On January 13, 1733, the ship Ann (sometimes spelled “Anne”) sailed into Charles Town harbor and was met by South Carolina Governor Robert Johnson and the Speaker of the Commons House of Assembly. Aboard the ship were James Oglethorpe and the first 114 colonists of what would become Georgia. Later that year they would land at a high bluff on the Savannah River and found the city of Savannah.
On January 13, 1959, Ernest Vandiver was inaugurated as Governor of Georgia.
On January 13, 1966, President Lyndon Baines Johnson appointed Robert C. Weaver head of the Department of Housing and Urban Development (HUD), making Weaver the first African-American cabinet secretary in U.S. History.
On January 13, 1982, Hank Aaron was elected to the Baseball Hall of Fame in his first year of eligibility.
On January 13, 1998, Governor Zell Miller presented his $12.5 billion FY1999 budget to the Georgia General Assembly, including $105,000 to provide CDs of classical music for every baby born in the state. According to the New York Times,
“No one questions that listening to music at a very early age affects the spatial, temporal reasoning that underlies math and engineering and even chess,” the Governor said. “Having that infant listen to soothing music helps those trillions of brain connections to develop.”
Mr. Miller said he became intrigued by the connection between music and child development at a series of recent seminars sponsored by the Education Commission of the States. As a great-grandfather and the author of “They Hear Georgia Singing” (Mercer University Press, 1983), an encyclopedia of the state’s musical history, Mr. Miller said his fascination came naturally.
He said that he had a stack of research on the subject, but also that his experiences growing up in the mountains of north Georgia had proved convincing.
“Musicians were folks that not only could play a fiddle but they also were good mechanics,” he said. “They could fix your car.”
Legislators, as is their wont, have ideas of their own.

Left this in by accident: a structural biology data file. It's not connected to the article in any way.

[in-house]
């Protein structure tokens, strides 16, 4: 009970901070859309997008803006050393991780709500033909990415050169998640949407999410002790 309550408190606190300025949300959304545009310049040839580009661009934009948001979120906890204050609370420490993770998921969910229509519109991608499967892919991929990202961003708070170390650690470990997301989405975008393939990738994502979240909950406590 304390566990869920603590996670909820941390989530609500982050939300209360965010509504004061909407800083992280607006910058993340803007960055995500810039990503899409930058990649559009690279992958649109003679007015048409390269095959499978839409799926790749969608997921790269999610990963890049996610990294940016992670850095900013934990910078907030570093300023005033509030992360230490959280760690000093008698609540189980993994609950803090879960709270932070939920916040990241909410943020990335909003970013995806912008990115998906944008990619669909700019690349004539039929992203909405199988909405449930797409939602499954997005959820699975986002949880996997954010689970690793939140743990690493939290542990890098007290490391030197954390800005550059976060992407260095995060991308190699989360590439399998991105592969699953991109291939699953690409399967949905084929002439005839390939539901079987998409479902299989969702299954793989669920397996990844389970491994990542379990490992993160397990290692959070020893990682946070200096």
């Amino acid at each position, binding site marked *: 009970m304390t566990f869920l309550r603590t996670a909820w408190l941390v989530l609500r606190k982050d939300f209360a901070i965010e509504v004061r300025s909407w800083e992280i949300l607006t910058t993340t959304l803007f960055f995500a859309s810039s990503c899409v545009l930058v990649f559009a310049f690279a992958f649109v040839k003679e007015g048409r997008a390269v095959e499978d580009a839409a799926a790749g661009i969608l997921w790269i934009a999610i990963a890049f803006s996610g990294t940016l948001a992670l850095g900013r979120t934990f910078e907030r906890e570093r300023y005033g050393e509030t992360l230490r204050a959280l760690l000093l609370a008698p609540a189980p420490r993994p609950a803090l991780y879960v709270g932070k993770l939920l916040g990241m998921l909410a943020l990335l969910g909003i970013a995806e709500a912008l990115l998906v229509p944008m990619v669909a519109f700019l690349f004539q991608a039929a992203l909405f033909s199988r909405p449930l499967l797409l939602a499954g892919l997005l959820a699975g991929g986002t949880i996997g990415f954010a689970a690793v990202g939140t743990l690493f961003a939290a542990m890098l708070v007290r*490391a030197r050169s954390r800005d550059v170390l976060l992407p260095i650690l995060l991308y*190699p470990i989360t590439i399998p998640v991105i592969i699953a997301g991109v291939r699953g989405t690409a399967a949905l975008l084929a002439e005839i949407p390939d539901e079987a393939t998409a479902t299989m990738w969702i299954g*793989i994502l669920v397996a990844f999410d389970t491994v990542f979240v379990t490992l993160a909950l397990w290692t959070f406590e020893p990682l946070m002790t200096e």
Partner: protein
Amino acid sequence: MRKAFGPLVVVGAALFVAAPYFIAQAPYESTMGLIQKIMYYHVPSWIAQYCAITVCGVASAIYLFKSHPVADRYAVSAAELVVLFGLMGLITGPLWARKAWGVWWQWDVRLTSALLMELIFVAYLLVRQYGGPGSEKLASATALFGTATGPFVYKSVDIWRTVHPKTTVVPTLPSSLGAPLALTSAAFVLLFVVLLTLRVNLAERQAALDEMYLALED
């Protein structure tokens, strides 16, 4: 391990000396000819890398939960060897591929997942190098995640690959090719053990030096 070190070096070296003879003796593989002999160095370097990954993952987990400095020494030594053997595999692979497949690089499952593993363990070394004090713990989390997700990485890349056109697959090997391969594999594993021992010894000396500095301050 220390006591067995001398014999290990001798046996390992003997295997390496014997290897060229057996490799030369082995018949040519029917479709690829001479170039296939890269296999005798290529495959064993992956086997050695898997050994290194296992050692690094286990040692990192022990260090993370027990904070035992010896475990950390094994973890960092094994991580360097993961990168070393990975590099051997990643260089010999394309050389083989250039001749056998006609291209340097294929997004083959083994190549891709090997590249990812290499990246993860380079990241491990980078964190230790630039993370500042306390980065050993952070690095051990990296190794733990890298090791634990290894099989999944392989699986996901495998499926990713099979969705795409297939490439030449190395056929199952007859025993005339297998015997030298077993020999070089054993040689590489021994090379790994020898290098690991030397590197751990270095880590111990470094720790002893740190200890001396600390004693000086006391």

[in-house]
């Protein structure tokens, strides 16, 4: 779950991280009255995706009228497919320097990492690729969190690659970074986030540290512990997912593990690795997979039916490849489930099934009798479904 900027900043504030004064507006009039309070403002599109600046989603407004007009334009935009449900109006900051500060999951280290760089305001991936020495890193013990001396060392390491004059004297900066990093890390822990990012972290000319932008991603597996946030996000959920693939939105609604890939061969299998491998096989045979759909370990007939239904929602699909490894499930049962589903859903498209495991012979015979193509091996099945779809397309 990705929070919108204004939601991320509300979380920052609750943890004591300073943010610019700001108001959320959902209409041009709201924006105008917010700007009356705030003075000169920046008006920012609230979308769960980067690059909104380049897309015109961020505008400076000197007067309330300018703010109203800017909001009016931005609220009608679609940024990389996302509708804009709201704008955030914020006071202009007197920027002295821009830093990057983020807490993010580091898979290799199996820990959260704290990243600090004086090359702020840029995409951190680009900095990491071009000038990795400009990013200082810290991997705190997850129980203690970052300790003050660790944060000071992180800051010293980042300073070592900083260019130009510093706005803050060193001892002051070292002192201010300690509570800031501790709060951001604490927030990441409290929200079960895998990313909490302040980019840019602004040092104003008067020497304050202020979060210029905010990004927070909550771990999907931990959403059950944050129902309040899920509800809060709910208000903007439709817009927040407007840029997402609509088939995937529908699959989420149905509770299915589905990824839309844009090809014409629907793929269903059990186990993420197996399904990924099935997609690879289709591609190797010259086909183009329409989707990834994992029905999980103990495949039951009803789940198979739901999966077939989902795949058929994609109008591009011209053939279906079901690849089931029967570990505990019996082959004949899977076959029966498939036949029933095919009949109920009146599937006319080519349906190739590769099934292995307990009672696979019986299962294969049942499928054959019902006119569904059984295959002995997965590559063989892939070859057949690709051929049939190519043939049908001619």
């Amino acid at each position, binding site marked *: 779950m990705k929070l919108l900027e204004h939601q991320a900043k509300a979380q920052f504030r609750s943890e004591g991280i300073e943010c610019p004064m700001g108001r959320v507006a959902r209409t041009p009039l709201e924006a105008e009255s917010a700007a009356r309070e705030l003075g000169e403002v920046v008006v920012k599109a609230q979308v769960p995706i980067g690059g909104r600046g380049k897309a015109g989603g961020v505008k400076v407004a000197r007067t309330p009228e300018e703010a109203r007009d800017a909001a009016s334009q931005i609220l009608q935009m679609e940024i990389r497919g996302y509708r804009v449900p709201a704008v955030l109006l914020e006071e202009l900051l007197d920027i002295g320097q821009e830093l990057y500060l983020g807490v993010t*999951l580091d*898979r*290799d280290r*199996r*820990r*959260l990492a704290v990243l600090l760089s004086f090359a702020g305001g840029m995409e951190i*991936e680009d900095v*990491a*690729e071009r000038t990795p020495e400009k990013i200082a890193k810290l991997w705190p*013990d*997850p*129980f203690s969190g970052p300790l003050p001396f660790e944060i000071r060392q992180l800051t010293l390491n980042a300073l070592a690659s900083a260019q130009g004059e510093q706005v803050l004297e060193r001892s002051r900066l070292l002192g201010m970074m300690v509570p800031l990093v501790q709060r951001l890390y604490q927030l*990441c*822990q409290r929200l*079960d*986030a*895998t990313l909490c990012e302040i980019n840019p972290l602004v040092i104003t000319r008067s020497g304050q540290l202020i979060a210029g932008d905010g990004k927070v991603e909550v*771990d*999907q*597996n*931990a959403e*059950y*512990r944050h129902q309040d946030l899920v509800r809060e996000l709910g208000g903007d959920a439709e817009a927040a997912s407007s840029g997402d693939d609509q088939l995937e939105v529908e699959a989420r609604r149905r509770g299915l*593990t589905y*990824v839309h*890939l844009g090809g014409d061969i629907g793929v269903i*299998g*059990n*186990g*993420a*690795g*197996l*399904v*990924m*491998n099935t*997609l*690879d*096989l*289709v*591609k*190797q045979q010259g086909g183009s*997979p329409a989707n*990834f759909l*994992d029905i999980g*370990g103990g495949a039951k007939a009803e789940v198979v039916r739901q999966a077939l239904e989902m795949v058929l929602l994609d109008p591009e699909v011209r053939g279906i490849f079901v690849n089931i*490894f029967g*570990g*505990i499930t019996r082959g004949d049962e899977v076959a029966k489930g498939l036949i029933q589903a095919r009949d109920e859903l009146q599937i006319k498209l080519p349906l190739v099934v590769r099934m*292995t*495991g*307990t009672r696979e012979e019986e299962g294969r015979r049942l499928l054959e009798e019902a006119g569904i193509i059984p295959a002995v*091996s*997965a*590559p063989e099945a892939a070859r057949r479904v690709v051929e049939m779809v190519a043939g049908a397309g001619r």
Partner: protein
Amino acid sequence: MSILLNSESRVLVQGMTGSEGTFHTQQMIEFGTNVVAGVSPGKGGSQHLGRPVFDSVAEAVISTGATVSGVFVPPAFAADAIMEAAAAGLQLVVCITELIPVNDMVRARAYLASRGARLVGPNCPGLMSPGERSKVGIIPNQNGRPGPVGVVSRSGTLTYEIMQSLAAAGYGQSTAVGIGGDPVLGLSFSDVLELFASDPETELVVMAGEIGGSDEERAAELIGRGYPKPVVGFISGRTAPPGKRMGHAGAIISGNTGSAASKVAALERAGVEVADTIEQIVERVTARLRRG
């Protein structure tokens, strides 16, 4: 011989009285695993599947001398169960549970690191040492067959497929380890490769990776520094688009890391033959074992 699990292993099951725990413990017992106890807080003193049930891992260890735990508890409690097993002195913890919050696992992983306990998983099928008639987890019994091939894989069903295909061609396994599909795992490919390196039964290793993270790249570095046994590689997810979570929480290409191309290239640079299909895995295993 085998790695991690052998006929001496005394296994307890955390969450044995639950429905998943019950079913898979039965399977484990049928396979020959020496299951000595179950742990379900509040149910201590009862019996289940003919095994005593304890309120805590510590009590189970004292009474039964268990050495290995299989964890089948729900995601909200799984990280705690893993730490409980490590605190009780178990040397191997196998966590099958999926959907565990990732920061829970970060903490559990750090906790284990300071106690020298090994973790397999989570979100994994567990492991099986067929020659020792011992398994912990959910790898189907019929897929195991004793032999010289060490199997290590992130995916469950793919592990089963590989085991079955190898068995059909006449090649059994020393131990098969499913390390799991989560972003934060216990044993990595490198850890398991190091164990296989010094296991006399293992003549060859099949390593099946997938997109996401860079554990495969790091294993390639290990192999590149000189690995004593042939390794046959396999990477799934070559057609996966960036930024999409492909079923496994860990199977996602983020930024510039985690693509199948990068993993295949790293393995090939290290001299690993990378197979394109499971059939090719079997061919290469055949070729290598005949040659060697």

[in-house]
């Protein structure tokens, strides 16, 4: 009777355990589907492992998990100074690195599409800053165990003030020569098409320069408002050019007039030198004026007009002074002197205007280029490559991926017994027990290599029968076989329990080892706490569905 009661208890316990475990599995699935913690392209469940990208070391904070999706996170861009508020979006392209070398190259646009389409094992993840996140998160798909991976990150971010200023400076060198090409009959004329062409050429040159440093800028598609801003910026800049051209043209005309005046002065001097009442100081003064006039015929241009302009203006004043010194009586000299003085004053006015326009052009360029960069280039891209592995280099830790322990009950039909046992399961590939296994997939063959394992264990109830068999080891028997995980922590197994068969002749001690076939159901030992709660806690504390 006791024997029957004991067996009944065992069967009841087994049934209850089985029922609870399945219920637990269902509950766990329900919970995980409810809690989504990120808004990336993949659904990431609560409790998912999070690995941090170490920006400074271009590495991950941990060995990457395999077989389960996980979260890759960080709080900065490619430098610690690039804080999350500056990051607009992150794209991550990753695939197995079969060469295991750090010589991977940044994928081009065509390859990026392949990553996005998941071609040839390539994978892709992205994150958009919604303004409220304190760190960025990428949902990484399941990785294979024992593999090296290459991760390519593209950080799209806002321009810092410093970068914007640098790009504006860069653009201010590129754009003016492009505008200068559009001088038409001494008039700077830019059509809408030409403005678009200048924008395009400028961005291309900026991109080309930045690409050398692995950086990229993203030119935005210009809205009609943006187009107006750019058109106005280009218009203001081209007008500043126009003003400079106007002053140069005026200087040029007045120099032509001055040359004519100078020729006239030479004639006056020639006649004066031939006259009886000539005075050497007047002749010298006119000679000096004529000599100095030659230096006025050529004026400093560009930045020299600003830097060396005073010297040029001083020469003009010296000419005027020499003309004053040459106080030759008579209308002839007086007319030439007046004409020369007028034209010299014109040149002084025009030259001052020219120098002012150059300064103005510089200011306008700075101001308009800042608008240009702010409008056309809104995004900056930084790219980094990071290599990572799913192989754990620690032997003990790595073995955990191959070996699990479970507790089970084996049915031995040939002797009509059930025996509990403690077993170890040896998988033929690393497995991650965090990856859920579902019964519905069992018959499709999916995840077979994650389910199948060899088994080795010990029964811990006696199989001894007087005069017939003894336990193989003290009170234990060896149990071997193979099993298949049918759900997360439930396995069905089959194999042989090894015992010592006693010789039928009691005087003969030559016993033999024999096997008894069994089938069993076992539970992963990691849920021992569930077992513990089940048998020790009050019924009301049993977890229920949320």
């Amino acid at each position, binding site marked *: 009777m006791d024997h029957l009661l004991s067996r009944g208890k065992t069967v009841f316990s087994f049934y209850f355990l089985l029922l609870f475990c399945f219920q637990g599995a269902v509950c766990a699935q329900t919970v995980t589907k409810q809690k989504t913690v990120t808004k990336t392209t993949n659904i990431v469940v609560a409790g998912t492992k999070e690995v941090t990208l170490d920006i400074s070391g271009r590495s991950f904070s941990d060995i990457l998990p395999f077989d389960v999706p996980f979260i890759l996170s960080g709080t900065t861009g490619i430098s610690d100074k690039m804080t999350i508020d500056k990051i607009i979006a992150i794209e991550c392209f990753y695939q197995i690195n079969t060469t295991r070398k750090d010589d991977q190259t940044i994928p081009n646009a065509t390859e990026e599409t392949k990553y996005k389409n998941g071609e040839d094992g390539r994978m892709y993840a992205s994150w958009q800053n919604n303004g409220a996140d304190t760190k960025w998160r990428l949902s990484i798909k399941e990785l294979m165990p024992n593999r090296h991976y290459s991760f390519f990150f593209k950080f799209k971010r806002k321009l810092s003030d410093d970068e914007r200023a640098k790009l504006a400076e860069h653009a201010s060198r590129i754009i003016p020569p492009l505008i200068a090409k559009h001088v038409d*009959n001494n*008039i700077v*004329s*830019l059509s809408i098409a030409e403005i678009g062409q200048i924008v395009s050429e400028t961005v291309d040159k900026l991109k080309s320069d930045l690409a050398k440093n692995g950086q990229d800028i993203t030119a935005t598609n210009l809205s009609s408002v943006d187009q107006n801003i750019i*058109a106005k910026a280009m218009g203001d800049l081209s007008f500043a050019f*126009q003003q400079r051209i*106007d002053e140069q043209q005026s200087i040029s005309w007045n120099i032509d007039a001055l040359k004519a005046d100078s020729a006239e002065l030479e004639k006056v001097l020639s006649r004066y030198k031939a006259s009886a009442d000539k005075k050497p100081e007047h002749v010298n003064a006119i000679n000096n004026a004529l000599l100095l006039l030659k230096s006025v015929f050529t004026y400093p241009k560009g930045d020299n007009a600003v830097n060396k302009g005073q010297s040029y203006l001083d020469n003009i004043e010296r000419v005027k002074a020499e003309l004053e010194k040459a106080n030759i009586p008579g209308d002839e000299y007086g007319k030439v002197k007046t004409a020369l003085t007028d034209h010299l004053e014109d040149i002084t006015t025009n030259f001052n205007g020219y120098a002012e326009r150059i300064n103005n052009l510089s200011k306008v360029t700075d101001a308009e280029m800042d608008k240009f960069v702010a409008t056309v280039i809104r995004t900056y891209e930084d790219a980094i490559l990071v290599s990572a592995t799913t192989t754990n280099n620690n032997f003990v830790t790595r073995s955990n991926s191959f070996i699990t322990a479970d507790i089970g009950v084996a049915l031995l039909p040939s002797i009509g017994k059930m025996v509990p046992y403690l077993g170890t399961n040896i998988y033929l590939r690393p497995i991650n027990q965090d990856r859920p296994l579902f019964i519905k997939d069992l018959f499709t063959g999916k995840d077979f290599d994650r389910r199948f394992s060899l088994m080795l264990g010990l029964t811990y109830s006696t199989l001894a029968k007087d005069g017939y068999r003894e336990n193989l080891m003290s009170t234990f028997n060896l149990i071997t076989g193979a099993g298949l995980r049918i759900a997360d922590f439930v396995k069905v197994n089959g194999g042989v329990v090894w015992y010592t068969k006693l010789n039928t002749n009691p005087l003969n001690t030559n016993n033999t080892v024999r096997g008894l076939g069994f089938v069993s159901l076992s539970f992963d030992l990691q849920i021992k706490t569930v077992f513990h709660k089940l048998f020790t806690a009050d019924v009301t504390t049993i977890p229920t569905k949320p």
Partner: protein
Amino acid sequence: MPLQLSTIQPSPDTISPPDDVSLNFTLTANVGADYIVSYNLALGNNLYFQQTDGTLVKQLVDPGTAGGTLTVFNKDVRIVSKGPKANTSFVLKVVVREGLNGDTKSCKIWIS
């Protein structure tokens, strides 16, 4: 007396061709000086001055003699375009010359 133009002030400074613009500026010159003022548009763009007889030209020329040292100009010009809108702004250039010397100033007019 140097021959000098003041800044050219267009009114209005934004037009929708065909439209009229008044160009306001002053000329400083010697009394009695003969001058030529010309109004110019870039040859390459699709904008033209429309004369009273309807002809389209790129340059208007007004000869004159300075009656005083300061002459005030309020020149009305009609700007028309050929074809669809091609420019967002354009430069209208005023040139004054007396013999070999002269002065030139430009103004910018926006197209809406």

“I asked about the possibility of some Charlie Daniels or something like that,” said Representative Homer M. (Buddy) DeLoach, a Republican from Hinesville, “but they said they thought the classical music has a greater positive impact.”
“Having never studied those impacts too much,” Mr. DeLoach added, “I guess I’ll just have to take their word for that at the moment.”
In 2003, on January 13 at the Georgia Dome, Sonny Perdue took the oath of office as Georgia’s second Republican Governor, the first since Reconstruction.
Georgia Politics, Campaigns, and Elections
A Forsyth County billboard calls Governor Brian Kemp and Secretary of State Brad Raffensperger “Treasonist RINOs,” according to CBS46.
A big, bright billboard refers to Kemp and Raffensperger as traitors and treasonist RINOs who should be locked up.
CBS46 contacted the billboard company, Revelation, to find out who’s behind the message, but they never responded.
CBS46 reached out to the Governor and Secretary of State. The Secretary of State’s office told me they have no comment. The governor’s office also declined comment.
We also spoke with Patrick Bell, Chairman of the Republican Party in Forsyth County, and he does not know who took out the ad. He did say the party is frustrated with the Governor and Secretary of State, but that they do not agree with the message on the billboard.
Today is Legislative Day Three in the 2021 Georgia General Assembly. The current adjournment resolution is HR 10, and has the legislature in session tomorrow for Day Four and reconvening Monday, January 26th for Day Five.
State Senate Majority Leader Mike Dugan (R-Carrollton) will self-quarantine after a COVID-19 diagnosis, according to the AJC.
The session opened Monday. On Tuesday, Senate Republican Leader Mike Dugan said he tested positive for COVID-19 and was isolating at home.
Meanwhile, House Speaker David Ralston said nearly half of his chamber did not take the coronavirus test as required on Monday.
Ralston chastised a whopping 41% of his 180 members for skipping the test as the chamber convened Tuesday. All Georgia General Assembly members are required to be tested twice a week, and Monday was the first required test.
Dugan’s results came early Tuesday after taking the required COVID-19 test. He said he was also tested Thursday, and those results were negative.
“My symptoms are minor and I plan to follow the guidelines set forth by the Centers for Disease Control and Prevention and isolate at home until the virus passes,” he said in a statement on Twitter.
He said he was tested Monday before experiencing any symptoms.
Lieutenant Governor Geoff Duncan (R-Forsyth County) announced Senate Committee Chairs, according to a Press Release.
Lt. Governor Geoff Duncan and the Senate Committee on Assignments announced new standing committee chairs for the first session of the 156th Georgia General Assembly.